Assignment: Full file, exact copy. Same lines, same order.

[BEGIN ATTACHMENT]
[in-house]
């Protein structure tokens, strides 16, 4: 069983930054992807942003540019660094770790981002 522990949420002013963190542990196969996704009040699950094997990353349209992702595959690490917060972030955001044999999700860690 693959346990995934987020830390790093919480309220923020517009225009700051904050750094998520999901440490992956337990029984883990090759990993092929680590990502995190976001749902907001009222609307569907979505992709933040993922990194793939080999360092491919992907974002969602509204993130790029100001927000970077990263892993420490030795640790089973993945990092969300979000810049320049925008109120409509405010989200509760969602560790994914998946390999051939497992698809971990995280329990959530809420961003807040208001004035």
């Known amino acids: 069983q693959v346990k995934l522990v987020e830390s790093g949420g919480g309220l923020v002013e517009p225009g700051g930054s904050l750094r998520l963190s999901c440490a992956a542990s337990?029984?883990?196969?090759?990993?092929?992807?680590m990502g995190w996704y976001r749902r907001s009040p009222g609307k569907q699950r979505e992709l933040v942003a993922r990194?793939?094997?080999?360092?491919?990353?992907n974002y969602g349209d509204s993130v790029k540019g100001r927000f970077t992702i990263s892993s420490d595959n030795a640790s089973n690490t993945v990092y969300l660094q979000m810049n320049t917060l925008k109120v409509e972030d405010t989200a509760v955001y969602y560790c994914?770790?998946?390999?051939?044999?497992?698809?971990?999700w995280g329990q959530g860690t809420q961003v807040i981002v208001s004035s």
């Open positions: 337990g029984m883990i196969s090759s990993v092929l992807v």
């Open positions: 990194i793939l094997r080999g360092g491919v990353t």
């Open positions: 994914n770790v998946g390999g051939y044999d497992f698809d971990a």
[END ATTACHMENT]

[in-house]
């Protein structure tokens, strides 16, 4: 069983930054992807942003540019660094770790981002 522990949420002013963190542990196969996704009040699950094997990353349209992702595959690490917060972030955001044999999700860690 693959346990995934987020830390790093919480309220923020517009225009700051904050750094998520999901440490992956337990029984883990090759990993092929680590990502995190976001749902907001009222609307569907979505992709933040993922990194793939080999360092491919992907974002969602509204993130790029100001927000970077990263892993420490030795640790089973993945990092969300979000810049320049925008109120409509405010989200509760969602560790994914998946390999051939497992698809971990995280329990959530809420961003807040208001004035």
């Known amino acids: 069983q693959v346990k995934l522990v987020e830390s790093g949420g919480g309220l923020v002013e517009p225009g700051g930054s904050l750094r998520l963190s999901c440490a992956a542990s337990?029984?883990?196969?090759?990993?092929?992807?680590m990502g995190w996704y976001r749902r907001s009040p009222g609307k569907q699950r979505e992709l933040v942003a993922r990194?793939?094997?080999?360092?491919?990353?992907n974002y969602g349209d509204s993130v790029k540019g100001r927000f970077t992702i990263s892993s420490d595959n030795a640790s089973n690490t993945v990092y969300l660094q979000m810049n320049t917060l925008k109120v409509e972030d405010t989200a509760v955001y969602y560790c994914?770790?998946?390999?051939?044999?497992?698809?971990?999700w995280g329990q959530g860690t809420q961003v807040i981002v208001s004035s």
């Open positions: 337990g029984m883990i196969s090759s990993v092929l992807v």
């Open positions: 990194i793939l094997r080999g360092g491919v990353t």
């Open positions: 994914n770790v998946g390999g051939y044999d497992f698809d971990a």